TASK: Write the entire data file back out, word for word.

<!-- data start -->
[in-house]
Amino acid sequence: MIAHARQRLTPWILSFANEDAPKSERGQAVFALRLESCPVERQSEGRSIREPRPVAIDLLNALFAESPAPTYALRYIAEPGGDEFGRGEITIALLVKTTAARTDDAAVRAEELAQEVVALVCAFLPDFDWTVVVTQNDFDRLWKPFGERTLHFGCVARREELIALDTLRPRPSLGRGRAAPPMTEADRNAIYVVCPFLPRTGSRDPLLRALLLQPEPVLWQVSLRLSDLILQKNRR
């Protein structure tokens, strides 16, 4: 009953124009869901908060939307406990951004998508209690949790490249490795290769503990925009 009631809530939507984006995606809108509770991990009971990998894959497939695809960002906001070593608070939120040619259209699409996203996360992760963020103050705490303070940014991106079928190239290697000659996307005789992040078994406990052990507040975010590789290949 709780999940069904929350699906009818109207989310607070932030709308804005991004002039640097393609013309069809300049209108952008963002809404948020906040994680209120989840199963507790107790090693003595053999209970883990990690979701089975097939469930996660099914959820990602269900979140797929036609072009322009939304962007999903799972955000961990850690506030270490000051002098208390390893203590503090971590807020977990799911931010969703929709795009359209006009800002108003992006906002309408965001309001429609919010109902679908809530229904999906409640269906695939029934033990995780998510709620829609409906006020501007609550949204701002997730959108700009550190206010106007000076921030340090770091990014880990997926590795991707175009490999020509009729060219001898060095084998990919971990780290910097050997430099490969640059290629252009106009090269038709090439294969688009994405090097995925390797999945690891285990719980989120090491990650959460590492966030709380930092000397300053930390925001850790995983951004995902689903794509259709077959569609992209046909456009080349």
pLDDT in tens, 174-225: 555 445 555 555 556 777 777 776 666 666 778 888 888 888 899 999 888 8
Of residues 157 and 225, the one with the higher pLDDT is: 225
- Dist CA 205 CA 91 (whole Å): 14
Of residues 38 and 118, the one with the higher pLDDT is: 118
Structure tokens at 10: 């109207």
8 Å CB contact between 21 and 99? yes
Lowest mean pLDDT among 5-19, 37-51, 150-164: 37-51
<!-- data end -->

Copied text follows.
[in-house]
Amino acid sequence: MIAHARQRLTPWILSFANEDAPKSERGQAVFALRLESCPVERQSEGRSIREPRPVAIDLLNALFAESPAPTYALRYIAEPGGDEFGRGEITIALLVKTTAARTDDAAVRAEELAQEVVALVCAFLPDFDWTVVVTQNDFDRLWKPFGERTLHFGCVARREELIALDTLRPRPSLGRGRAAPPMTEADRNAIYVVCPFLPRTGSRDPLLRALLLQPEPVLWQVSLRLSDLILQKNRR
């Protein structure tokens, strides 16, 4: 009953124009869901908060939307406990951004998508209690949790490249490795290769503990925009 009631809530939507984006995606809108509770991990009971990998894959497939695809960002906001070593608070939120040619259209699409996203996360992760963020103050705490303070940014991106079928190239290697000659996307005789992040078994406990052990507040975010590789290949 709780999940069904929350699906009818109207989310607070932030709308804005991004002039640097393609013309069809300049209108952008963002809404948020906040994680209120989840199963507790107790090693003595053999209970883990990690979701089975097939469930996660099914959820990602269900979140797929036609072009322009939304962007999903799972955000961990850690506030270490000051002098208390390893203590503090971590807020977990799911931010969703929709795009359209006009800002108003992006906002309408965001309001429609919010109902679908809530229904999906409640269906695939029934033990995780998510709620829609409906006020501007609550949204701002997730959108700009550190206010106007000076921030340090770091990014880990997926590795991707175009490999020509009729060219001898060095084998990919971990780290910097050997430099490969640059290629252009106009090269038709090439294969688009994405090097995925390797999945690891285990719980989120090491990650959460590492966030709380930092000397300053930390925001850790995983951004995902689903794509259709077959569609992209046909456009080349």
pLDDT in tens, 174-225: 555 445 555 555 556 777 777 776 666 666 778 888 888 888 899 999 888 8
Of residues 157 and 225, the one with the higher pLDDT is: 225
- Dist CA 205 CA 91 (whole Å): 14
Of residues 38 and 118, the one with the higher pLDDT is: 118
Structure tokens at 10: 């109207």
8 Å CB contact between 21 and 99? yes
Lowest mean pLDDT among 5-19, 37-51, 150-164: 37-51